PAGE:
BEIJING — The Center for International Business Ethics (CIBE) in Beijing, Dynamic City Foundation, and Bentley Systems Inc. have announced that the project designed by the student team from the Architecture Department of Tsinghua University won top honors in the inaugural Future Cities China design competition.

The competition was open to all students studying architecture and engineering in institutions of higher education, but all essay submissions had to be in Chinese. The program challenged students to use their design skills, along with Bentley software, to provide a master plan for the sustainable university campus of tomorrow.

The goal was to create a campus that could serve as the cornerstone of a modern “green” Chinese city and help address the many challenges associated with complex, inner-city environments. Nearly 200 student teams from more than 70 universities submitted projects to the competition, which an independent panel of distinguished jurors narrowed to eight finalists.

The finalists, which represented Beijing University of Civil Engineering and Architecture, China Agricultural University, Harvard University, Jianghan University, Tsinghua University, and Xi’an Jiaotong University, competed in a three-day forum held August 24-26. The winning team receives an all-expense-paid, one-month internship at the U.S. headquarters of Bentley Systems in Exton, Pa.

“This was a wonderful competition, and I’m incredibly proud of all of the participants,” Dr. Liu Baocheng, director of CIBE in Beijing, said. “Of course, special recognition is due to the team from Tsinghua for its great work and extraordinarily creative master plan. I am proud to have been a part of this year’s Future Cities China program and eagerly look forward to next year’s competition.”

Dr. Jean-Baptiste Monnier, senior vice president, Bentley Asia-Pacific added: “The keen interest in this inaugural competition, as well as in the enrichment of China’s city environments facilitated by new and improved infrastructure, is reflected in the large number of high-quality submissions we received,” Monnier said. “I, too, congratulate the student team from Tsinghua University as well as all of the finalists on successfully completing this rigorous exercise and creating such innovative and imaginative projects. Each student who participated in the competition gained valuable knowledge and advanced their design skills, which will serve them well and provide them with a valuable competitive edge as they embark on careers in the infrastructure professions.”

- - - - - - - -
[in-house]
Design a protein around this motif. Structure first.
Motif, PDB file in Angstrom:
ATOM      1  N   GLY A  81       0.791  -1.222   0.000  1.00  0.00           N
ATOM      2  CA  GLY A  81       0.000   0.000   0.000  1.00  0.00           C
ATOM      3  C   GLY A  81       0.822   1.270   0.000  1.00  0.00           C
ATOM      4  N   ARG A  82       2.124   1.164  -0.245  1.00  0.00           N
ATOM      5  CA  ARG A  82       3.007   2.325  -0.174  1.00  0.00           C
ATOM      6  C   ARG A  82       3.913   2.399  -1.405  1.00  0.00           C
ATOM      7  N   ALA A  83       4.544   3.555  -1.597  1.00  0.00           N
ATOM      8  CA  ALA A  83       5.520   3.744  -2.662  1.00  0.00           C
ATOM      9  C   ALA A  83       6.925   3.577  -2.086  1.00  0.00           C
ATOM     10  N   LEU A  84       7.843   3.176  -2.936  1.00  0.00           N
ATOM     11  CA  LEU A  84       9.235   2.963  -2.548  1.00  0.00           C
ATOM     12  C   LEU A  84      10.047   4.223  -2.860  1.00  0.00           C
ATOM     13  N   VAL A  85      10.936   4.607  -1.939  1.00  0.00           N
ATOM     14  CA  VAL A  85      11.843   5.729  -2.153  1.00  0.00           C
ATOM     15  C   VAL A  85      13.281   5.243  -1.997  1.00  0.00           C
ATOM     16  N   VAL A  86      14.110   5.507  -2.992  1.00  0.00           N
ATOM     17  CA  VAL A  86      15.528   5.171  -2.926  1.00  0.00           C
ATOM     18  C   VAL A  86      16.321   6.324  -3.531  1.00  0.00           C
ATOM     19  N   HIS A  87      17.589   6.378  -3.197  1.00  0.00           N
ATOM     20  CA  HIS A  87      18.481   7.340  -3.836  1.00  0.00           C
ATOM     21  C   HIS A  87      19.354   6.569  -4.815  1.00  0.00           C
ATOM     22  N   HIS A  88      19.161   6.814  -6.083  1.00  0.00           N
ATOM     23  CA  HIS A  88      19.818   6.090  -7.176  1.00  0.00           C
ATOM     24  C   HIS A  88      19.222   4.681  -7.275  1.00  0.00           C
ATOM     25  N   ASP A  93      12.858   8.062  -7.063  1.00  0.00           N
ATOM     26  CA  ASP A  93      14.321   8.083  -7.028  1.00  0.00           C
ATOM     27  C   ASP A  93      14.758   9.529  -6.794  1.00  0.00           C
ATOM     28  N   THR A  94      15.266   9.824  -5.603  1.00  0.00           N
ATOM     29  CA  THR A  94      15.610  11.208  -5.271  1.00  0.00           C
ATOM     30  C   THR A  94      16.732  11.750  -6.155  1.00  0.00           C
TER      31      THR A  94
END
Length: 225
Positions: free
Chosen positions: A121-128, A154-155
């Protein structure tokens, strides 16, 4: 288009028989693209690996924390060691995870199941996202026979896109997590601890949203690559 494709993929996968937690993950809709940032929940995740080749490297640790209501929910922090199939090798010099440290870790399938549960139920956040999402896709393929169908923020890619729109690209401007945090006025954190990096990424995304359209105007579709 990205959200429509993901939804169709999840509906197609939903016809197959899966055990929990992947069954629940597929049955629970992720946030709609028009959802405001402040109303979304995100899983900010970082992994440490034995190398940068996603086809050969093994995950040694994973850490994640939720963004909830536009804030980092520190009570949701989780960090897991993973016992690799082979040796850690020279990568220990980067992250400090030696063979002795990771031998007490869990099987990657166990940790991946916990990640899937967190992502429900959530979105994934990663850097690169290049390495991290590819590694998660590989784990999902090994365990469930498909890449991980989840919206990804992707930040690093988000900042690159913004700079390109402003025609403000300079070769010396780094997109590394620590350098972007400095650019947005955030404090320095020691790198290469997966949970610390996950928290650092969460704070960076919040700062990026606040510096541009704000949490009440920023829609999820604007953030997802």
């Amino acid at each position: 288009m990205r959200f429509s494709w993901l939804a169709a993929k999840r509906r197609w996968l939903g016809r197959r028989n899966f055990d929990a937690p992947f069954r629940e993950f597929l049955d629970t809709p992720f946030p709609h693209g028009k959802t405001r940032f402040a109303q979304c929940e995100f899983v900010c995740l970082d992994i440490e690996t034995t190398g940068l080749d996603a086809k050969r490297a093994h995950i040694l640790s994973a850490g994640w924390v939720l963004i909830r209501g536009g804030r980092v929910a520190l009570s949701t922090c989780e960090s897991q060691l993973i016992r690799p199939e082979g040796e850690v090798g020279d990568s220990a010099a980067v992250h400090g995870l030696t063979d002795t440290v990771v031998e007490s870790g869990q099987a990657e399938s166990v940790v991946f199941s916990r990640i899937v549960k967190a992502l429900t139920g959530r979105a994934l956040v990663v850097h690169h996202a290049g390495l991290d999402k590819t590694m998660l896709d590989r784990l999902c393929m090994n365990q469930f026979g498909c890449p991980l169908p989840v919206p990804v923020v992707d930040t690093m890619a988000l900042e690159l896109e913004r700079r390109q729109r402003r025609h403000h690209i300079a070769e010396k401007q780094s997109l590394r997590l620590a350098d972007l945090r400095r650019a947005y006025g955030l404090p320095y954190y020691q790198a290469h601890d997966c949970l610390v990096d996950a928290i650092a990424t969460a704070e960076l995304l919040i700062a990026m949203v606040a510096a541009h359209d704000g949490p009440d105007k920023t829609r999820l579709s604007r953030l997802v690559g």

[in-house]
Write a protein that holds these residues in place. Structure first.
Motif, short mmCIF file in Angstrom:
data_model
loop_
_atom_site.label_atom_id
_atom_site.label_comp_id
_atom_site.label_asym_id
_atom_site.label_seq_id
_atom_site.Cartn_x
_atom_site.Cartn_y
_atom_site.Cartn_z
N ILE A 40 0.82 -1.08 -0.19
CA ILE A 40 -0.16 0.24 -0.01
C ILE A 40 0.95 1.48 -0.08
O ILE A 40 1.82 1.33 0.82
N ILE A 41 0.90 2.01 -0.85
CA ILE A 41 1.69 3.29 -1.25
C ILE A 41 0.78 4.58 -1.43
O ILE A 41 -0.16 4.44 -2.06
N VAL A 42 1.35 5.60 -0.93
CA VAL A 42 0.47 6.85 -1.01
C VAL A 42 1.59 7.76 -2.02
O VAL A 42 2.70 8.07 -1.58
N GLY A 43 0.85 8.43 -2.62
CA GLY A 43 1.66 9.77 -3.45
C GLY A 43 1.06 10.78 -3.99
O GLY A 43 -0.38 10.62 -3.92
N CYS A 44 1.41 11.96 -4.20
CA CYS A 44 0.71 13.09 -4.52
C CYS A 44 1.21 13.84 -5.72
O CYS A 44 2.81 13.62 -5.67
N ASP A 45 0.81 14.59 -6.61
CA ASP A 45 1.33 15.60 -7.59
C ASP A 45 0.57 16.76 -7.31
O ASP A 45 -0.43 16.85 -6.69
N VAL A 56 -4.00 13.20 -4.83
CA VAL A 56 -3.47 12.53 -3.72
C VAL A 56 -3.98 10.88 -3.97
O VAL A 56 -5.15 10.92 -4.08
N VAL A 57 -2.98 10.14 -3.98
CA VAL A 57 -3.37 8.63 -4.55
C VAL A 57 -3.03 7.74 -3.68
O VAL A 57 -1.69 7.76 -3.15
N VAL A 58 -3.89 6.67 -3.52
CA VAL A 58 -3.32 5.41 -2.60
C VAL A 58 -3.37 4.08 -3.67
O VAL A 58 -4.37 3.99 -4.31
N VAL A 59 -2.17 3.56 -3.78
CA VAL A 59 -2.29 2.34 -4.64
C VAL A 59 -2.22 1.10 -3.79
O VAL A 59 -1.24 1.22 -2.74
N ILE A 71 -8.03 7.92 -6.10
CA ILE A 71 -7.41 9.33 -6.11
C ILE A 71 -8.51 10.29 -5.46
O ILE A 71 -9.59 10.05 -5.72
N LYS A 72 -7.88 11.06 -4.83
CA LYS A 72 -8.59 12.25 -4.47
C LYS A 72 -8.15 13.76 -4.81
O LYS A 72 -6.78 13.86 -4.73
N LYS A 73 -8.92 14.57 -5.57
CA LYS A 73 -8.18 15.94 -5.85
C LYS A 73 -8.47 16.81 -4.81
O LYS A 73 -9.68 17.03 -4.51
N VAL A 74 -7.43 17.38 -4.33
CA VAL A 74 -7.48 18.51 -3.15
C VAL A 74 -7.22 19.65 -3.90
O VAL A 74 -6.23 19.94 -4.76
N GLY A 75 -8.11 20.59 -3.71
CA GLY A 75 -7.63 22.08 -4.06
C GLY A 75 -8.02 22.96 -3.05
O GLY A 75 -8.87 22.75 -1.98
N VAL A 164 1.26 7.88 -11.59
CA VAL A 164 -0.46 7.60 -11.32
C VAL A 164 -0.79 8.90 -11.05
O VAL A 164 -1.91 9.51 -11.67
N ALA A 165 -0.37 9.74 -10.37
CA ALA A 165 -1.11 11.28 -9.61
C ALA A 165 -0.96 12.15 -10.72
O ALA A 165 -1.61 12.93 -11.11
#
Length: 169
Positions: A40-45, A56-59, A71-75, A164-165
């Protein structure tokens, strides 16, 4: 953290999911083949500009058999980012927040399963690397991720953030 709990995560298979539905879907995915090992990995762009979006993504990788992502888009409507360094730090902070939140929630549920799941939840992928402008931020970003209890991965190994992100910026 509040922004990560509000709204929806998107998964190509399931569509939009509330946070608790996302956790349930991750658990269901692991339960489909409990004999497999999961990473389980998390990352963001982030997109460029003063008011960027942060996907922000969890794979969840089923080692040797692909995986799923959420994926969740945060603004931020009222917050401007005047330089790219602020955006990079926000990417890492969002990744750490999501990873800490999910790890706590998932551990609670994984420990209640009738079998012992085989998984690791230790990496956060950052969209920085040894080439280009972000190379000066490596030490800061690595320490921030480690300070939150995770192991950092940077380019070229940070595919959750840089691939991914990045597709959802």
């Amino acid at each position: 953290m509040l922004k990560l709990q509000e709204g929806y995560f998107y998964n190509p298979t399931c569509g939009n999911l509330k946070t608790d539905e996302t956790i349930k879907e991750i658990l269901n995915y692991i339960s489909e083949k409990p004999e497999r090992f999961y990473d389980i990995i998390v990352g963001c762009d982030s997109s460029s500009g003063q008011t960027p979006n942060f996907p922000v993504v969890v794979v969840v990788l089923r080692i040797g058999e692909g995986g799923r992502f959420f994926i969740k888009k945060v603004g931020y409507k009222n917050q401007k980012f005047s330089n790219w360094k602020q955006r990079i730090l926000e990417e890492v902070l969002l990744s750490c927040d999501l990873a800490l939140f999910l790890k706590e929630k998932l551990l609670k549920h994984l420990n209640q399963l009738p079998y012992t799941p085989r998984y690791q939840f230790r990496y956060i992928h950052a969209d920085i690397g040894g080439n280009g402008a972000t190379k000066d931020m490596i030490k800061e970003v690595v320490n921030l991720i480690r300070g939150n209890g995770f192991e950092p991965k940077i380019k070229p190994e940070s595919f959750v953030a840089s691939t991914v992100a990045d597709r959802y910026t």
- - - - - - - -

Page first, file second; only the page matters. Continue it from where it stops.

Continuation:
The intensity of the competition and latitude for creativity were unprecedented, Meng Ning, a member of the winning Tsinghua student team of two, said. “We learned a great deal through this fresh and exciting experience, and I am extremely happy about the upcoming trip to Bentley Systems in the U.S. I’m sure the internship will be a great help to my future career, and I am truly thankful for this opportunity.”

Liu Yun, the second member of the Tsinghua team, added: “I am very happy that I was able to take part in such a tremendous experience. We were finally able to apply what we’ve learned to a real-world design challenge. Now I am looking forward to the internship with Bentley.”

The teams consisted of up to three students, plus a professor or infrastructure professional as mentor. Each team submitted a proposed conceptual master plan for the sustainable university campus with the following elements:
• A logistic concept for the public space of the Future Cities campus, including its connections to the surroundings and a basic understanding of the landscape
• A general massing study for the school’s architectural program
• An essay that describes the proposal’s core concept, how the campus relates to the surrounding area and infrastructure, and how the proposal is sustainable.

The project site, Shuang Hua Yuan, is an underdeveloped plot in the heart of Beijing. It is disconnected from the city by large arteries, yet accessible by public transportation. The heavy infrastructural lines increase the complexity of the site, dividing it into four plots, typical of post-industrial cities in China. Alternatively, the site offers an open and green area on the edge of the central business district.

The winning university campus design project, titled “School in Between,” cultivated an integrated or holistic approach to urban issues. In this design, the university is no longer the ivory tower. Rather, it assumes the role of intermediary for cultural exchange and provides space and facilities for the environment around it.

Second- and third-place honors went to the teams from Beijing Institute of Civil Engineering and Architecture and Xi’an Jiaotong University, respectively. Each member of these two teams receives a one-month internship at a Bentley office in China.

For additional information about CIBE, Dynamic City Foundation or Bentley, please visit,, or, respectively.